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America’s Groceries
Introduction
The world of retail is constantly changing. Retailers, big and small, are trying new tactics to add value to the typical shopping trip. As competition increases and consumer preferences evolve, retailers continue to advance the way consumers browse, shop, and buy. Total retail sales in the United States amounted to approximately USD 6 trillion in 2017. Table 1 identifies the largest retailers around the world based on publicly available data for fiscal year 2017.

3 Kroger United States 119 1
4
Amazon
United States
118.6
14
5
Schwarz
Germany
111.8
30
6
Home Depot
United States
101
4
7
Walgreens
United States
99.1
10
8
Aldi
Germany
98.3
18
9
CVS
United States
79.4
3
10
Tesco
United Kingdom
74
8
Source: Deloitte (2019) Touche Tohmatsu Limited. Global Powers of Retailing 2019
The food retail sector comprises a decent share in the industry with USD 700 billion or about 12%. In 2017, average food at-home expenditure of U.S. households was almost USD 4,400 (Conway, 2019). Retail grocers carry a broad line of fresh, frozen, canned, and other prepackaged foodstuffs. Many of these stores also sell a variety of nonfood items such as health and beauty products, paper goods, and cleaning supplies. However, food items constitute the majority of their product lines and sales volumes.
On average, groceries are purchased five times per month. Traditionally, this meant visiting a brick-and-mortar store. However, a new trend that the market cannot overlook is that consumers are growing more comfortable ordering groceries online. During the five-year period leading up to 2019, industry revenue has grown at an annual rate of 16.5% to USD 33.4 billion. The two companies dominating the online grocery industry are Amazon and Walmart.
Amazon and Walmart: Let’s Talk Groceries
Amazon.com, Inc., doing business as Amazon, is a multinational technology company focusing on e- commerce. Founded by Jeff Bezos in 1994 to sell books online, the company turned into the largest e-commerce marketplace and cloud computing platform in the world as measured by revenue and market capitalization.
When Amazon first started, groceries were not even on its radar. It was a small company in Seattle, Washington, and Bezos would drive the packages to the post office himself in his 1987 Chevy Blazer. The breakthrough took place 23 years later when Amazon acquired Whole Foods for a staggering USD 13.7 billion in 2017 (Bhattarai, 2017). The acquisition instantly added 460 physical stores in hundreds of communities across the United States and gave Amazon a foothold in the grocery business.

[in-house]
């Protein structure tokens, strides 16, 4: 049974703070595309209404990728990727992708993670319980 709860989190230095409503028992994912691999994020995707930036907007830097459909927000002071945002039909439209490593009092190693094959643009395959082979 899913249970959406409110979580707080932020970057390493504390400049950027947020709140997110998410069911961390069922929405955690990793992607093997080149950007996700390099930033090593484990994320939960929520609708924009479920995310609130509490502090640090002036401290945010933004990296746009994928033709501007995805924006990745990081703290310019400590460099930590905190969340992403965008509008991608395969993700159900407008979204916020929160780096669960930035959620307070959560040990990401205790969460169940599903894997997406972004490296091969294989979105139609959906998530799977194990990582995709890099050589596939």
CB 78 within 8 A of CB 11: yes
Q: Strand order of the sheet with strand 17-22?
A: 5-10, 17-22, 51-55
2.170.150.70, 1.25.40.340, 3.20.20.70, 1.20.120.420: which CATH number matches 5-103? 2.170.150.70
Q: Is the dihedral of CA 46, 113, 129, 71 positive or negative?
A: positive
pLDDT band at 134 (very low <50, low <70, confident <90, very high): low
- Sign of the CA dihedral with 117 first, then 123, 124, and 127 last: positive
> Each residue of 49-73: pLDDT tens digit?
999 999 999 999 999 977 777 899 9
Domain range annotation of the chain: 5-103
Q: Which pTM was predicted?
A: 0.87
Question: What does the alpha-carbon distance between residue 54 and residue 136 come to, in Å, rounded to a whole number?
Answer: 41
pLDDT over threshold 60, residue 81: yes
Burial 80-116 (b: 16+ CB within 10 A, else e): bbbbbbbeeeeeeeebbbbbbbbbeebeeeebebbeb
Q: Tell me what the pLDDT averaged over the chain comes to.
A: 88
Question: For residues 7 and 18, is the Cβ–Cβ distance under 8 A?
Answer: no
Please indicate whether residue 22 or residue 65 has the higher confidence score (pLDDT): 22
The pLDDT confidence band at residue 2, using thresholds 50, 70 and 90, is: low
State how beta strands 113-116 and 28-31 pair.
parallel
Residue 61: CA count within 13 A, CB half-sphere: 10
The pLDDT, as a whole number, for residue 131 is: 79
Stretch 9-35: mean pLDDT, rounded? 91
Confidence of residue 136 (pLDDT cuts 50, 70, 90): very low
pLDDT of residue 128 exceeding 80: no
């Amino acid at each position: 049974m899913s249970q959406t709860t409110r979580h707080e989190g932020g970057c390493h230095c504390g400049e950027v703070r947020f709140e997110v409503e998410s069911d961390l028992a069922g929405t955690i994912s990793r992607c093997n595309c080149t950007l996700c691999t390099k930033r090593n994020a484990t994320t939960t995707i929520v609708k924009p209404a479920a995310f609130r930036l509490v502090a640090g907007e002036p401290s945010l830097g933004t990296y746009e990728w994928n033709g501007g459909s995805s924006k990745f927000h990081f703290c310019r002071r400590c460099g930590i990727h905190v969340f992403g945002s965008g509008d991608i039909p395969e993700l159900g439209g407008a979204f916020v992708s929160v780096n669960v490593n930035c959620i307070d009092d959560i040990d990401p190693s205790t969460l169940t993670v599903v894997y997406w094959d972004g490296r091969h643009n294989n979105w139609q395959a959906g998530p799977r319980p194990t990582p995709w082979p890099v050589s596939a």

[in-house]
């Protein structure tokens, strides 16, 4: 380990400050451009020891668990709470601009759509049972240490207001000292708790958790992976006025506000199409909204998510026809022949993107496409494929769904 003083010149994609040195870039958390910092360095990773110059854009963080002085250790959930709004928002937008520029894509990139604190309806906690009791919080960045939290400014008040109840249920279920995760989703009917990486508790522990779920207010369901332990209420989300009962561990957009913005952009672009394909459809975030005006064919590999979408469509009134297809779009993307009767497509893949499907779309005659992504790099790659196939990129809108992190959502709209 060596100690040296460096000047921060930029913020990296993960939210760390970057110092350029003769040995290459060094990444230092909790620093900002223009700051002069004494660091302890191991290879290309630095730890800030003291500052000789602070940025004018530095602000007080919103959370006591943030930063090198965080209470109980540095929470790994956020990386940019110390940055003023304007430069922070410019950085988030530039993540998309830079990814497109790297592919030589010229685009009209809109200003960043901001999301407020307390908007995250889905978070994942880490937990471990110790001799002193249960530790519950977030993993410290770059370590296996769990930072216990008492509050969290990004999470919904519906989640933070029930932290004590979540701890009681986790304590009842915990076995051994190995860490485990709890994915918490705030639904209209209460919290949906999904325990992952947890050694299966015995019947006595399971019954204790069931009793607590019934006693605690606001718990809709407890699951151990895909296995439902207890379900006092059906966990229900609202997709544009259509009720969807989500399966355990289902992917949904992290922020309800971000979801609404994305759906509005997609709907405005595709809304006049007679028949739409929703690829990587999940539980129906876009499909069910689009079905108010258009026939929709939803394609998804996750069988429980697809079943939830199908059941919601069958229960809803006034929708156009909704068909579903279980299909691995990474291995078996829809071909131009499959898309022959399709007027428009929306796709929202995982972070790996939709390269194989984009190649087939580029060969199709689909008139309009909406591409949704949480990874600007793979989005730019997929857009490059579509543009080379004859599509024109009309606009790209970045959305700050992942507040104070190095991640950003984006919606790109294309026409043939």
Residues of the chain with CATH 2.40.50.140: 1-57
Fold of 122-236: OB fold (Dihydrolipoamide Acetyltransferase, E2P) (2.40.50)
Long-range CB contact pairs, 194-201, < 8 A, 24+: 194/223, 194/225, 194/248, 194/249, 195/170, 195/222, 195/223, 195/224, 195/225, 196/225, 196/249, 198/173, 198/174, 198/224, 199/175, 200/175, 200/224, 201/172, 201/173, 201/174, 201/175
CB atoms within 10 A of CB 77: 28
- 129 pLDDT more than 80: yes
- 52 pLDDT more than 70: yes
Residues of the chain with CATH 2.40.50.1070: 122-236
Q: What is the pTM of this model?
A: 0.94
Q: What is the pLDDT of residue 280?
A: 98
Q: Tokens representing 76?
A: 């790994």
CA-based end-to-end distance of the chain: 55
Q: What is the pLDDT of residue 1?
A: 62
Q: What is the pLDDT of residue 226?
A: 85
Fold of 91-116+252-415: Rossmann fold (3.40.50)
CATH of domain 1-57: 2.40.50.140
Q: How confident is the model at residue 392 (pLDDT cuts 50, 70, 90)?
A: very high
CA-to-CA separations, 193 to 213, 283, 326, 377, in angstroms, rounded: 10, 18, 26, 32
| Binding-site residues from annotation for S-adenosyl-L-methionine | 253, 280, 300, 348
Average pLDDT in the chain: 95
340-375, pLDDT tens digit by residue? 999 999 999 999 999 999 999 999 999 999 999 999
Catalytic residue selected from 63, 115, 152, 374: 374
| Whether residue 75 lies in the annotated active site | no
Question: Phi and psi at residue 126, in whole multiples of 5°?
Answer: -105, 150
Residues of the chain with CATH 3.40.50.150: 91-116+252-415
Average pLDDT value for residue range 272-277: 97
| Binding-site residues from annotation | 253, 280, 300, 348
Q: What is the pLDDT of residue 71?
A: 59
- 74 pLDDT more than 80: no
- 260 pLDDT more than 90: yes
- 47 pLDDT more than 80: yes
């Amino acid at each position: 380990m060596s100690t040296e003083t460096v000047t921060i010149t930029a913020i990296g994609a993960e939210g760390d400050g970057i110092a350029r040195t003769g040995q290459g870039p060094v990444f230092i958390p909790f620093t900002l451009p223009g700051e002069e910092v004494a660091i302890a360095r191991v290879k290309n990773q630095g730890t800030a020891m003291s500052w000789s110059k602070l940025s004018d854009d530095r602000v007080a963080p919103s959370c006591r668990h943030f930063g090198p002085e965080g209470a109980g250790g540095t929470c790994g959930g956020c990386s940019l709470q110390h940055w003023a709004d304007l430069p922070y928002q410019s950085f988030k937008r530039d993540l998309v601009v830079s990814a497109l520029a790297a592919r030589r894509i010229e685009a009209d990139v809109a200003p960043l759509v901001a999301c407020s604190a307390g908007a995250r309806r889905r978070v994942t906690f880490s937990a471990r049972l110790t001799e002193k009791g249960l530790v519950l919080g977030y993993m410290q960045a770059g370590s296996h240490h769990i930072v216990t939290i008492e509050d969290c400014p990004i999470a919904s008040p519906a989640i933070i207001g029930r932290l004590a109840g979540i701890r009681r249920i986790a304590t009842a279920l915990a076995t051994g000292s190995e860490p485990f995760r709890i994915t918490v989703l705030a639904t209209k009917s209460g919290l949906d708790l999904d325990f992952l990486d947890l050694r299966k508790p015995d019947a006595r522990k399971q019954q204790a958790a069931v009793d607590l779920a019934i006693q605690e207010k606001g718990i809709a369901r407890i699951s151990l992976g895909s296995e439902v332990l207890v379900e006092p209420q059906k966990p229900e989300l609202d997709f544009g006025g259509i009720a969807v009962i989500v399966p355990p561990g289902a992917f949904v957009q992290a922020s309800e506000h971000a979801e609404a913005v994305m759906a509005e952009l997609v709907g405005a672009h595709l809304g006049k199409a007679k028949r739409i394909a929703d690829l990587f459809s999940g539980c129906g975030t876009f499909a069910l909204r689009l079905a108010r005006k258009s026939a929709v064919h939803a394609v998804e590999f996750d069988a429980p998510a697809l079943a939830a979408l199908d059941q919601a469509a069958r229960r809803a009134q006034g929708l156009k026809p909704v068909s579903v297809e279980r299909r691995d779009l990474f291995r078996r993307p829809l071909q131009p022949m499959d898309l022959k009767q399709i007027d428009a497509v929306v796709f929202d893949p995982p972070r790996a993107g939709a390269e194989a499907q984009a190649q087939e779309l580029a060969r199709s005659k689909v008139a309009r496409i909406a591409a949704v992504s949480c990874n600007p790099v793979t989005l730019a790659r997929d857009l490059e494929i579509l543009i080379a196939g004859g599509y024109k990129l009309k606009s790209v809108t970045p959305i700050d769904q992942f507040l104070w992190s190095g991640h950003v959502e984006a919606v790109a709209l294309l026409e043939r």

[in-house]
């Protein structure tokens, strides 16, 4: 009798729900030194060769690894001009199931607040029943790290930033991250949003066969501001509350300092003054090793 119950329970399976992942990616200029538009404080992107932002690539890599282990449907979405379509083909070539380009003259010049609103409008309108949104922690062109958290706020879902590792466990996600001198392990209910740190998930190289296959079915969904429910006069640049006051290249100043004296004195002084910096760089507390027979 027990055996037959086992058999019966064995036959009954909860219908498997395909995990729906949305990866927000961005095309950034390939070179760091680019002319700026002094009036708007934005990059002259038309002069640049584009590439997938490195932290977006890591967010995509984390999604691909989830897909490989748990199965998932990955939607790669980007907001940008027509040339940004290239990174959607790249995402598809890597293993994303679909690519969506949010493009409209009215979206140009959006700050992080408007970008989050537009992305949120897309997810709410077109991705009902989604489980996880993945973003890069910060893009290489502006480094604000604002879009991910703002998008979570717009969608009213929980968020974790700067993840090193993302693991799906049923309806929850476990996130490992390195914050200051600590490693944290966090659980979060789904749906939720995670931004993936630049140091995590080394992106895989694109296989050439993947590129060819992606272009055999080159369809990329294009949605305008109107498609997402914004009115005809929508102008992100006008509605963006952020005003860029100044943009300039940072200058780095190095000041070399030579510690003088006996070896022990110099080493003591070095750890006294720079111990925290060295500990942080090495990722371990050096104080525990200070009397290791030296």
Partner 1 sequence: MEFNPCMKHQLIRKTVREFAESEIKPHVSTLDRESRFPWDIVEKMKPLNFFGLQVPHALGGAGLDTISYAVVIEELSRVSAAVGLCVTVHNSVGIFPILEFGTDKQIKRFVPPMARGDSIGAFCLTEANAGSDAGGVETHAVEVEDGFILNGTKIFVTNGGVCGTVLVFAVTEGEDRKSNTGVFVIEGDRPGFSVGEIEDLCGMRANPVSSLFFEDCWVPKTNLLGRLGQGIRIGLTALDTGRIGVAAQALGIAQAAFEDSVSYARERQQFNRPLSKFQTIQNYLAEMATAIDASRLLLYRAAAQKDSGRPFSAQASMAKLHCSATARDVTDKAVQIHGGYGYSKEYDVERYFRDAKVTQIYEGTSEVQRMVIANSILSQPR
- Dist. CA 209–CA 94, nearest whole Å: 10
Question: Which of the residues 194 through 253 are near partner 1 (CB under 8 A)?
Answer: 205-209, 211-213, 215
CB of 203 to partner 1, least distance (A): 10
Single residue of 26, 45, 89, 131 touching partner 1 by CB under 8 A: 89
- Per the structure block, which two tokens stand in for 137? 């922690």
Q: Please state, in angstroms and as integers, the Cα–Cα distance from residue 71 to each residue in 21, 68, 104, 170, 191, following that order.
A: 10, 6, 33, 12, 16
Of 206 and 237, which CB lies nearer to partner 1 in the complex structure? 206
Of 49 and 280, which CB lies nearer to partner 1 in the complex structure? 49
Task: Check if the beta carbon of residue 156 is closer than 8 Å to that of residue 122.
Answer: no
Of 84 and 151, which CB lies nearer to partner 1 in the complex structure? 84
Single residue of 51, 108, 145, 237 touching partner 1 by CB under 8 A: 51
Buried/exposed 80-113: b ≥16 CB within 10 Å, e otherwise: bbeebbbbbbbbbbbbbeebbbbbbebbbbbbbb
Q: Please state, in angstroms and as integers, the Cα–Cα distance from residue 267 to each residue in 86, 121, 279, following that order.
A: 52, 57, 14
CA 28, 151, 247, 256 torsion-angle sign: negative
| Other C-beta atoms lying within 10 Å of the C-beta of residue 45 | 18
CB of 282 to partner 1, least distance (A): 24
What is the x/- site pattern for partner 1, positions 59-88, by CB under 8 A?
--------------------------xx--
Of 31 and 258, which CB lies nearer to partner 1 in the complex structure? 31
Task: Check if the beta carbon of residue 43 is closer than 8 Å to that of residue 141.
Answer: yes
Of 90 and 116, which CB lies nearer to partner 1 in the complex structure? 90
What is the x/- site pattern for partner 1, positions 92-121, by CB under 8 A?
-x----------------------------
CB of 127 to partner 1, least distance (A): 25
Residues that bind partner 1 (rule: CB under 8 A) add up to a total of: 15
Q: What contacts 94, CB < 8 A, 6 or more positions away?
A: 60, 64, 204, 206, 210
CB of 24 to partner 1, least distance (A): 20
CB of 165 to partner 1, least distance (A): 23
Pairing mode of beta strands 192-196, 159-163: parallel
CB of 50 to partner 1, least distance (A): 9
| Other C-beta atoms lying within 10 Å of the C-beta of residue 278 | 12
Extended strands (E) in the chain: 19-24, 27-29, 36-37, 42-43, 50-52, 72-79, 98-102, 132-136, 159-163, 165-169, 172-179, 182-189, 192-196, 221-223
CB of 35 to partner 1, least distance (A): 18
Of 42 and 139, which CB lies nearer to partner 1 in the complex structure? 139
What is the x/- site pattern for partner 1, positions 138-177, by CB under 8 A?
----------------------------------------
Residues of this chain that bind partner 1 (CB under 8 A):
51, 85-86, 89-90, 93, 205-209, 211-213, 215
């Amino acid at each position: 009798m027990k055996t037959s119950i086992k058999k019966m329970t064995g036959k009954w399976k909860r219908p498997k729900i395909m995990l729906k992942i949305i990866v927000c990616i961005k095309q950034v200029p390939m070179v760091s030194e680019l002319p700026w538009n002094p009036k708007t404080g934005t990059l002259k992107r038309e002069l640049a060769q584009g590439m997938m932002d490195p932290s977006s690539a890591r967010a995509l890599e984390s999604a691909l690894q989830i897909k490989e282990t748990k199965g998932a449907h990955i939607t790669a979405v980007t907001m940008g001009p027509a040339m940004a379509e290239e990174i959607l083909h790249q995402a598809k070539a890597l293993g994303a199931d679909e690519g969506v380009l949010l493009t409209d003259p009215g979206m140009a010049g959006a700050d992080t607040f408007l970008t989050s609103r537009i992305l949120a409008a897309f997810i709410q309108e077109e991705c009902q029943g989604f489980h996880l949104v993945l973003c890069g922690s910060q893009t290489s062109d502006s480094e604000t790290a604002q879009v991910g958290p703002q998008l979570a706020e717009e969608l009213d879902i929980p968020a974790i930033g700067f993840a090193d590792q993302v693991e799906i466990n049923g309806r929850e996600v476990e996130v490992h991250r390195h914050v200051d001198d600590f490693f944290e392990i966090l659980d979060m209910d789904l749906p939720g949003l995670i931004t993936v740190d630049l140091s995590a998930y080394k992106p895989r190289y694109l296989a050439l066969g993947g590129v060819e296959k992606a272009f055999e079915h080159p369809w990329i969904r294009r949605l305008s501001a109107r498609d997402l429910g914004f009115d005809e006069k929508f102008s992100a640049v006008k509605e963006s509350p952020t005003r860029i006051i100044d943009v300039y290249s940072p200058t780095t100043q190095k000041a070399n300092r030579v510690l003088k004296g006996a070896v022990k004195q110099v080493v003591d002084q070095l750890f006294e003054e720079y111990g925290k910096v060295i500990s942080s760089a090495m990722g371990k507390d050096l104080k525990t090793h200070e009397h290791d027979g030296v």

The Whole Foods purchase provided Amazon with direct access to consumers, and their information, as they shop in stores for their foods. The technology giant was able to leverage such information and access to develop a number of grocery delivery programs over the past two years (Perez, 2019).
By August 2019, the company offered four different grocery delivery programs, depending on how quickly consumers needed their groceries and what they were shopping for (Table 2).
Table 2. Amazon’s Grocery Delivery Programs (2019)
Upfront cost Delivery fee Delivery availability Products
AmazonFresh
USD 14.99 per
month + Prime membership (USD 119/year)
Free for orders over USD 35, otherwise USD 9.99
Same-day and next- day delivery in major cities
Fresh groceries, such as produce, meat and dairy
Prime Now
Included in Prime membership (USD 119/year)
Free for 2-hour delivery on orders over USD 35, otherwise starts at USD 4.99
1-hour and 2-hour delivery windows available in major cities
Whole Foods groceries
Prime Pantry
Included in Prime membership (USD 119/year)
Free for orders over USD 35, otherwise USD 5.99
1–4 business day shipping available in 48 states
Shelf-stable products such as snacks, cereal, condiments, and cleaning products
Subscribe & Save
USD 0
Free
5–8 business-day shipping available anywhere Amazon delivers
Frequently purchased non-perishable groceries (e.g. coffee pods)